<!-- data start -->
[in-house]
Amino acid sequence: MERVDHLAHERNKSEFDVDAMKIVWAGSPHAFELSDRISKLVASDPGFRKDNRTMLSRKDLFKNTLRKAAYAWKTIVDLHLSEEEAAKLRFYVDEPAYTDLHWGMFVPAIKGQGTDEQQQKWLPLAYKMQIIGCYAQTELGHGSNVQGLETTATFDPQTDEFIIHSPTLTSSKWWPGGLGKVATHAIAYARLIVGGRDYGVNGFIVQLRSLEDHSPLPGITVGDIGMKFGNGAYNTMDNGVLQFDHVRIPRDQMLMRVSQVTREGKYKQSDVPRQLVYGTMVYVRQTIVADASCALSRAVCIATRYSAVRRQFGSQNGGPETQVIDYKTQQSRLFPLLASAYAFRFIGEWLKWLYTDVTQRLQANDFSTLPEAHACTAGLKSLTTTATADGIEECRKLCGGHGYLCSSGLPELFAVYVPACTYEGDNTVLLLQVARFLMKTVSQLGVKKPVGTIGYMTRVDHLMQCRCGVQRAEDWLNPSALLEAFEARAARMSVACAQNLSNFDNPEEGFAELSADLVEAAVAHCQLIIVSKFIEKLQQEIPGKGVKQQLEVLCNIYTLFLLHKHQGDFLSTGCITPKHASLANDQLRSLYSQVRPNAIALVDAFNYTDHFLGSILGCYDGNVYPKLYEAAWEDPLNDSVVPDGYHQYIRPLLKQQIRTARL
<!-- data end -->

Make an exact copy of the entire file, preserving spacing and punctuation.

[in-house]
Amino acid sequence: MERVDHLAHERNKSEFDVDAMKIVWAGSPHAFELSDRISKLVASDPGFRKDNRTMLSRKDLFKNTLRKAAYAWKTIVDLHLSEEEAAKLRFYVDEPAYTDLHWGMFVPAIKGQGTDEQQQKWLPLAYKMQIIGCYAQTELGHGSNVQGLETTATFDPQTDEFIIHSPTLTSSKWWPGGLGKVATHAIAYARLIVGGRDYGVNGFIVQLRSLEDHSPLPGITVGDIGMKFGNGAYNTMDNGVLQFDHVRIPRDQMLMRVSQVTREGKYKQSDVPRQLVYGTMVYVRQTIVADASCALSRAVCIATRYSAVRRQFGSQNGGPETQVIDYKTQQSRLFPLLASAYAFRFIGEWLKWLYTDVTQRLQANDFSTLPEAHACTAGLKSLTTTATADGIEECRKLCGGHGYLCSSGLPELFAVYVPACTYEGDNTVLLLQVARFLMKTVSQLGVKKPVGTIGYMTRVDHLMQCRCGVQRAEDWLNPSALLEAFEARAARMSVACAQNLSNFDNPEEGFAELSADLVEAAVAHCQLIIVSKFIEKLQQEIPGKGVKQQLEVLCNIYTLFLLHKHQGDFLSTGCITPKHASLANDQLRSLYSQVRPNAIALVDAFNYTDHFLGSILGCYDGNVYPKLYEAAWEDPLNDSVVPDGYHQYIRPLLKQQIRTARL